The Chart celebrates its anniversary with the most popular posts of 2016 so far and a readership survey to help us plan for our future.
Tim Fite is a musician and printmaker in residence this summer at SPACE Studios and Pickwick Independent Press. Meg Hahn talks with him about the the idea of foundational printmaking as process, performative drawing, and his relationship to rap and visual art.
Aimee Goguen is a video artist and experimental animator working and living in Los Angeles. Meg Hahn asks her five quick questions about her work.
Ann Hirsch will probably defy most expectations of a feminist artist thinking about gender, social media, and the implications of shame and display.
PLATFORM PROJECTS/WALKS positions Julie Poitras Santos as artist-as-curator, who has included fifteen artists and practitioners who’ll be leading walks, giving lectures, discussing readings, and presenting video works through August 14.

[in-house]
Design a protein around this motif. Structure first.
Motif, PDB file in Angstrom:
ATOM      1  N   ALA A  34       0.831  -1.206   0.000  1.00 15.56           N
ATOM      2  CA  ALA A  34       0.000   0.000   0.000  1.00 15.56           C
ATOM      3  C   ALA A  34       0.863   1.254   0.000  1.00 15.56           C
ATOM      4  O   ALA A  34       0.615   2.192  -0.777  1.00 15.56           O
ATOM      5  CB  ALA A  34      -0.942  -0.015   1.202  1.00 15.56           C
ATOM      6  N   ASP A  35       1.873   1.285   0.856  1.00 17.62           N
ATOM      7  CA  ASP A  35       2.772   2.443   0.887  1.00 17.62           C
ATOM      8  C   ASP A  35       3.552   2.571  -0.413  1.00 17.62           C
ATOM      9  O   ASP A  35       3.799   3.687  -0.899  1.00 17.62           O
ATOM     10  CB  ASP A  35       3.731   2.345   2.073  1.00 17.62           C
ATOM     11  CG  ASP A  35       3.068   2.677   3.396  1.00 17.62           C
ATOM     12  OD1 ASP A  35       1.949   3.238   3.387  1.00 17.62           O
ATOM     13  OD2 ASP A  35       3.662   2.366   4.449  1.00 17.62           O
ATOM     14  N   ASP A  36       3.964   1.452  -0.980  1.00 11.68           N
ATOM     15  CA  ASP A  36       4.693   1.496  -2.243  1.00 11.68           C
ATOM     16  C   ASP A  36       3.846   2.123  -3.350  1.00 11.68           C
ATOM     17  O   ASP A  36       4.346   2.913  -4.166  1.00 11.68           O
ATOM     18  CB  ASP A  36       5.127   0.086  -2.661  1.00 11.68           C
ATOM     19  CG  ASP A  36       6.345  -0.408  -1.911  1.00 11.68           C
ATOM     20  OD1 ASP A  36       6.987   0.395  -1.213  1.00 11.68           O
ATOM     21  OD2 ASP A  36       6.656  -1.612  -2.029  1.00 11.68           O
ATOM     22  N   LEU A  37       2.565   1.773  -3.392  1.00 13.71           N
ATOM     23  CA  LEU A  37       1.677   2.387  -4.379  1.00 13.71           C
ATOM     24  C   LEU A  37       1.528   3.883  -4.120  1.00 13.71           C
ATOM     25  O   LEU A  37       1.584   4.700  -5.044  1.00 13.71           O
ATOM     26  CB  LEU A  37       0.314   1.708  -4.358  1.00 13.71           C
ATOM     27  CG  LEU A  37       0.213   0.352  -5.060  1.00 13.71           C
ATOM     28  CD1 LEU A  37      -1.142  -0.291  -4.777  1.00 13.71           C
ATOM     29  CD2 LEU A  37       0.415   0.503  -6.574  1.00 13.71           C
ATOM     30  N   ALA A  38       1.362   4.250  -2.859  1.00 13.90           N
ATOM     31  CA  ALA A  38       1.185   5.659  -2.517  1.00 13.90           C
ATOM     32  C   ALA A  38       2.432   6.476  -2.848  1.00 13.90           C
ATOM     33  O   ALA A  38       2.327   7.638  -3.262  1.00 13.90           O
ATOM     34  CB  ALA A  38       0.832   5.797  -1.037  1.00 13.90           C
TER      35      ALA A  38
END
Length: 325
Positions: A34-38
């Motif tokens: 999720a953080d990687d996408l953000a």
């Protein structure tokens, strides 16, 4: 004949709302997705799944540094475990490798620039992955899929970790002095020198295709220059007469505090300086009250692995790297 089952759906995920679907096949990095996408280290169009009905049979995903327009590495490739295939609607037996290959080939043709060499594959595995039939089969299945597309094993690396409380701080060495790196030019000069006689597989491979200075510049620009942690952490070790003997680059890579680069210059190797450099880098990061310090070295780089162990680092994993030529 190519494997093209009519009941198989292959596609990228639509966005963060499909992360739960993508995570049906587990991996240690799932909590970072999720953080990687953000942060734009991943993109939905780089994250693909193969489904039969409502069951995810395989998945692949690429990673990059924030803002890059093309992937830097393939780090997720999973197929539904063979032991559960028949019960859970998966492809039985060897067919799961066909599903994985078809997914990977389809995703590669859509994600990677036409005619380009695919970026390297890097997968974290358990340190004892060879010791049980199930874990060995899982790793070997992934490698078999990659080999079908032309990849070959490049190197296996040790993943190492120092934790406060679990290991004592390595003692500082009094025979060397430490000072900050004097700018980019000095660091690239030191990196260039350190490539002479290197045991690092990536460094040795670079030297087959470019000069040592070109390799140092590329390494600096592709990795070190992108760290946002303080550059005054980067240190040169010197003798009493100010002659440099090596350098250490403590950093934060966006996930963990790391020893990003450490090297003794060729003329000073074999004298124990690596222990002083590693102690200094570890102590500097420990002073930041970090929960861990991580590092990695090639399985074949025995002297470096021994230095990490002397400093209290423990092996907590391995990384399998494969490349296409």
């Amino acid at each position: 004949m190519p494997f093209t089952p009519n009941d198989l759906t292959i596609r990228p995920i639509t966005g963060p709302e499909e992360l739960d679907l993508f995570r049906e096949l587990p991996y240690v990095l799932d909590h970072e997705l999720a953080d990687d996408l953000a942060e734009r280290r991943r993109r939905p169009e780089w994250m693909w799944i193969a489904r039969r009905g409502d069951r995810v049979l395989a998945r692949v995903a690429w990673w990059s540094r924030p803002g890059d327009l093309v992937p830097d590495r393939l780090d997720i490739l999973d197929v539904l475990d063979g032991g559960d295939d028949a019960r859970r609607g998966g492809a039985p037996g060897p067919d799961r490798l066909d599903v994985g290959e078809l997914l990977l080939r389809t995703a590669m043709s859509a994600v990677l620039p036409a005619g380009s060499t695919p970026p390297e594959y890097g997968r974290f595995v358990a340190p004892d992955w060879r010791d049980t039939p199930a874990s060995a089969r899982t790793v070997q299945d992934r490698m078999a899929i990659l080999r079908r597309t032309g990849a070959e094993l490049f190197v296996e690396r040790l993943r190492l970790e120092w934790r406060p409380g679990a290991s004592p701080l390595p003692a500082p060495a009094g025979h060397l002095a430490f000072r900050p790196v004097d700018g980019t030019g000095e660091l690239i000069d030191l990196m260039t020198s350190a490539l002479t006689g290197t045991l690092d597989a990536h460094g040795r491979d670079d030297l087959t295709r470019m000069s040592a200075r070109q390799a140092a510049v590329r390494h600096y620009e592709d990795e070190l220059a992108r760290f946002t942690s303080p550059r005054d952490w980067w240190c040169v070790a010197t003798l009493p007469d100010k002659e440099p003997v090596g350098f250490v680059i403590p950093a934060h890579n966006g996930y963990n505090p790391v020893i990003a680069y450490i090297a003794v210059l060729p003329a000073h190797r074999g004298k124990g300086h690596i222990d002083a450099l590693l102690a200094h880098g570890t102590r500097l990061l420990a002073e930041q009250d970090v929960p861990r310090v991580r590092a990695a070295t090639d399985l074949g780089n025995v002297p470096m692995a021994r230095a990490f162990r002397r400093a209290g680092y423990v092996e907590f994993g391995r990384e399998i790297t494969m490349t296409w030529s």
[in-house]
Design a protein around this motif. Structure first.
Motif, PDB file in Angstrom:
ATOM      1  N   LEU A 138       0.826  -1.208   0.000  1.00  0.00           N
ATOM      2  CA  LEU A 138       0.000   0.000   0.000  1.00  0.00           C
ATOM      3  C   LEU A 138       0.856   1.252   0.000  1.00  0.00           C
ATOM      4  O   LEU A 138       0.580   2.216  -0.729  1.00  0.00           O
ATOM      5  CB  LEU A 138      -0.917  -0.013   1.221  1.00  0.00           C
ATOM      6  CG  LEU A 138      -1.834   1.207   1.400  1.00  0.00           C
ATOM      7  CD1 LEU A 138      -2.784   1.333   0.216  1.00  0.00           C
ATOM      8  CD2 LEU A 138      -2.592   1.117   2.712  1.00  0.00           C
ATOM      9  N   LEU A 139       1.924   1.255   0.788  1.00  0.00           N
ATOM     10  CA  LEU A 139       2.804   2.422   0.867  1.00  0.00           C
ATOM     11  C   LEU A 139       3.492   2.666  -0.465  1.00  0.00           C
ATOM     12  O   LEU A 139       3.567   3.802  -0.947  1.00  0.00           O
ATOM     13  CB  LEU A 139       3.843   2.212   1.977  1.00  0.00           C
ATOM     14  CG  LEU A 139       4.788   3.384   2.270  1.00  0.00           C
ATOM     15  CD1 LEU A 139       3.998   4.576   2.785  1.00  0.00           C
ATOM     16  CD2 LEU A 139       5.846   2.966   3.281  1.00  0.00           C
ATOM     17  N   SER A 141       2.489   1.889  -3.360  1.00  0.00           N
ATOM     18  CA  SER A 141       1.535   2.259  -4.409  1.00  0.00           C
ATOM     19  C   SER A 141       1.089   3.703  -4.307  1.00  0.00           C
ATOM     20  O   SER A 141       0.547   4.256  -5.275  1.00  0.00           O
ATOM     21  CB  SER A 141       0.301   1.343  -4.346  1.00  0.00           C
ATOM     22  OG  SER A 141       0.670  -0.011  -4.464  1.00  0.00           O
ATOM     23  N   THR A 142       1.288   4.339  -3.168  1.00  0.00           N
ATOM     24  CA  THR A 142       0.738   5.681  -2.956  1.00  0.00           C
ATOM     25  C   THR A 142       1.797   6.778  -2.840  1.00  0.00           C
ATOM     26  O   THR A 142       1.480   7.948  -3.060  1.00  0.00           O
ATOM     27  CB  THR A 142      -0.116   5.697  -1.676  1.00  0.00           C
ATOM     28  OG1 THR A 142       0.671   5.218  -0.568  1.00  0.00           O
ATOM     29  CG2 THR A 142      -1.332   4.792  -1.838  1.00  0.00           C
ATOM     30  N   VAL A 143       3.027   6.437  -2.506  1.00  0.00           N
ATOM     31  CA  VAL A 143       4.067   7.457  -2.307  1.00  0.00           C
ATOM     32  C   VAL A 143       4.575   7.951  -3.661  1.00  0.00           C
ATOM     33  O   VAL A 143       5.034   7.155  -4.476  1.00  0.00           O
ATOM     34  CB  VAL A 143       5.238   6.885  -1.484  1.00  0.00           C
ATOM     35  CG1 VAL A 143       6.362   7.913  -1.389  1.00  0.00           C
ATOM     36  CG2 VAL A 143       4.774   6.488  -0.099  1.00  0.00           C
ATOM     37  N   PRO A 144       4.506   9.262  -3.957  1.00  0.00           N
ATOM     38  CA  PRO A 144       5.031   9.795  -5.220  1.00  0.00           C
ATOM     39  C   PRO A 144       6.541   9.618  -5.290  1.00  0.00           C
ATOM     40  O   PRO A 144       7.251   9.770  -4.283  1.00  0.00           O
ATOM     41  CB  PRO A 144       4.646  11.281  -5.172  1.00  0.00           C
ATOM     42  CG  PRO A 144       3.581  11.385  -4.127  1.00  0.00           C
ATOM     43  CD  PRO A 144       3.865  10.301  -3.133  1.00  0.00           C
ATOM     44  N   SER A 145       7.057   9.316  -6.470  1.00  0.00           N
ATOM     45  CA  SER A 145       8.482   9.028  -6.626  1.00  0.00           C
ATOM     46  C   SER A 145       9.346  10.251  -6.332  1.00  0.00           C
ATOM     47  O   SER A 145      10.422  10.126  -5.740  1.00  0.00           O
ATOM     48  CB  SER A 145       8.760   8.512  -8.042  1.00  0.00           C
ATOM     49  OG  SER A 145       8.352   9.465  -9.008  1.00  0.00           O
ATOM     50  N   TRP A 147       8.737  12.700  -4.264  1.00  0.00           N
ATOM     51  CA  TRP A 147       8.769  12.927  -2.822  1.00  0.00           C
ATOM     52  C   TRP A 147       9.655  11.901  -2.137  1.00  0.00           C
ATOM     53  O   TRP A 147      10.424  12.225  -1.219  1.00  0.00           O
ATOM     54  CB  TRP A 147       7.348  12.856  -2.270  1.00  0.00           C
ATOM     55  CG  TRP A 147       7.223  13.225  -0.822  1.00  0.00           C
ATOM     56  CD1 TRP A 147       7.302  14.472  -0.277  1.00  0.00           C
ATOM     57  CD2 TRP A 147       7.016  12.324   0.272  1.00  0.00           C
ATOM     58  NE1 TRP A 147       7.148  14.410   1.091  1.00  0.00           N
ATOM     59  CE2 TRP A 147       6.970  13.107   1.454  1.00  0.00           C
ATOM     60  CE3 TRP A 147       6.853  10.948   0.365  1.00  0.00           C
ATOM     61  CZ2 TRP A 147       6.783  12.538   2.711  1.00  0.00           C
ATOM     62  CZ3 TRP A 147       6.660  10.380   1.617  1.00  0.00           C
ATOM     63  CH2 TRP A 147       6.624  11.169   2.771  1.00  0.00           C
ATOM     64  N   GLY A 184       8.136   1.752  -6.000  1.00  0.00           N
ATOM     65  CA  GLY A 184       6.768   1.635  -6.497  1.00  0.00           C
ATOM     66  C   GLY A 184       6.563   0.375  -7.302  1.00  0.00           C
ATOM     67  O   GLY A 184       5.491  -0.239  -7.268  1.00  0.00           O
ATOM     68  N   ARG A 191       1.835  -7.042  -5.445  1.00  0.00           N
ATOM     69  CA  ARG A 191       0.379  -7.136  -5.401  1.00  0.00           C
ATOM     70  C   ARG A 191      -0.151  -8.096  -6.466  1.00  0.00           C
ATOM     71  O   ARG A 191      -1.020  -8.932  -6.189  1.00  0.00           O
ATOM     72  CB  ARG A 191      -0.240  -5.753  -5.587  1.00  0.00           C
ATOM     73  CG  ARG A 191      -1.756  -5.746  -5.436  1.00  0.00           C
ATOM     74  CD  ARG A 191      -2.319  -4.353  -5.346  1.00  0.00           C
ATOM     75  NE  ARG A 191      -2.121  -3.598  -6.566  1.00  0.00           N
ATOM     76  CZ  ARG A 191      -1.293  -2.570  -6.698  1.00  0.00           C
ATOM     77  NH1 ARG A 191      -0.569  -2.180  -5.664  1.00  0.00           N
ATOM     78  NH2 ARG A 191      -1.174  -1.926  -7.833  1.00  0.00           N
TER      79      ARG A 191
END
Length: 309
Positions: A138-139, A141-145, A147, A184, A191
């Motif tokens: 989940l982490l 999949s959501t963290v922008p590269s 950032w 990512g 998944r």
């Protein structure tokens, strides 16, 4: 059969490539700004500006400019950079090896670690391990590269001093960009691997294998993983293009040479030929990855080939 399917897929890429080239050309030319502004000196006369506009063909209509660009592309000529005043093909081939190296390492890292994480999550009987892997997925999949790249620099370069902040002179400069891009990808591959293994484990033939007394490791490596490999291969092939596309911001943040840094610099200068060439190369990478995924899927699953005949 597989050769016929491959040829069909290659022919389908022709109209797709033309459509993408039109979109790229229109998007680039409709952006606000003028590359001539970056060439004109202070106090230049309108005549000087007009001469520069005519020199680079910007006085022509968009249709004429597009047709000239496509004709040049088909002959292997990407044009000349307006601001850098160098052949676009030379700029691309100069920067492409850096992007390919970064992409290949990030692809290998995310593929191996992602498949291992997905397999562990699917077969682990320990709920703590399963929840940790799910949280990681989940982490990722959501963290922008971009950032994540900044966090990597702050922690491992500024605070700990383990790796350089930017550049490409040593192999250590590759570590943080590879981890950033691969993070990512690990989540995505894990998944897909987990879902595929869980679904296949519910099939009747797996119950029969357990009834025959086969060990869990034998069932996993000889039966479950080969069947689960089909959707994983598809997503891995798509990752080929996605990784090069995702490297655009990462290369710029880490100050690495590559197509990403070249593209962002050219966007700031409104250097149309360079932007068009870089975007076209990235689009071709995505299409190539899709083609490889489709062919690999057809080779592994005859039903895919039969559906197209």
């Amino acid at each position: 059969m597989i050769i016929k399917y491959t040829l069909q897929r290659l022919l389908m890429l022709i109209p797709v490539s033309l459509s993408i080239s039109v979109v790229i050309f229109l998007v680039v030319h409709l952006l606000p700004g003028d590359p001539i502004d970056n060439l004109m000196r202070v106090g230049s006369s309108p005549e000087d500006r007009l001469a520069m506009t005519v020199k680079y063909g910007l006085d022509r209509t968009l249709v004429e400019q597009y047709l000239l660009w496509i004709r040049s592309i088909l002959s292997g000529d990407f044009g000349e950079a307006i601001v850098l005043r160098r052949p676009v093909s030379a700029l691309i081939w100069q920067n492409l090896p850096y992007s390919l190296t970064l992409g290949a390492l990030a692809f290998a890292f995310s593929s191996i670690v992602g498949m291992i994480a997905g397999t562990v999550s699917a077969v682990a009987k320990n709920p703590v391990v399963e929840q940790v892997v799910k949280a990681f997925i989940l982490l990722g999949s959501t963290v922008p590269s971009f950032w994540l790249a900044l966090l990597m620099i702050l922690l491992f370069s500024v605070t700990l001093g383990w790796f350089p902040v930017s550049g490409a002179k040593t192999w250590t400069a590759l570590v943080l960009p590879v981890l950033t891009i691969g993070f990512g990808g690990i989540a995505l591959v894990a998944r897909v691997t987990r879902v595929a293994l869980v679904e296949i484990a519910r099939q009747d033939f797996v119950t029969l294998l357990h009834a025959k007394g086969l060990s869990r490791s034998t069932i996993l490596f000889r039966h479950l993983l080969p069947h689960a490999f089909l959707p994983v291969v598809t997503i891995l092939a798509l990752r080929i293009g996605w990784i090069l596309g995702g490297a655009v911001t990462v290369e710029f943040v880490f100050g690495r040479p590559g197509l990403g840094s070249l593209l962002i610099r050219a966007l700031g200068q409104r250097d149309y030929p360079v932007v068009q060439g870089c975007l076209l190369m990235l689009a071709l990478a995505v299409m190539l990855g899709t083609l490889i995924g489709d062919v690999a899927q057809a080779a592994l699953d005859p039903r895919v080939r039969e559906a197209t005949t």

Lia Wilson reviews the site-specificity and flattening of time of S P E C T A C U L A R B L A C K D E A T H as part of the series A Long Wait.
Ken Ueno’s Fortress Brass employs the musical and architectural languages of wartime to imagine a friendlier, more beautiful alternative.
Meg Hahn talks with Able Baker Contemporary’s co-owners Stephen Benenson and Hilary Irons about the space and its current exhibition, American Optimism.
How are artists responding to police brutality, system injustice, and the Black Lives Matter movement?
“You can’t push it away. You can’t go under. You have to be in it.” Anna Wolfe-Pauly and Erin Colleen Johnson talk about Wolfe-Pauly’s project for the series A Long Wait happening on Fort Gorges this summer.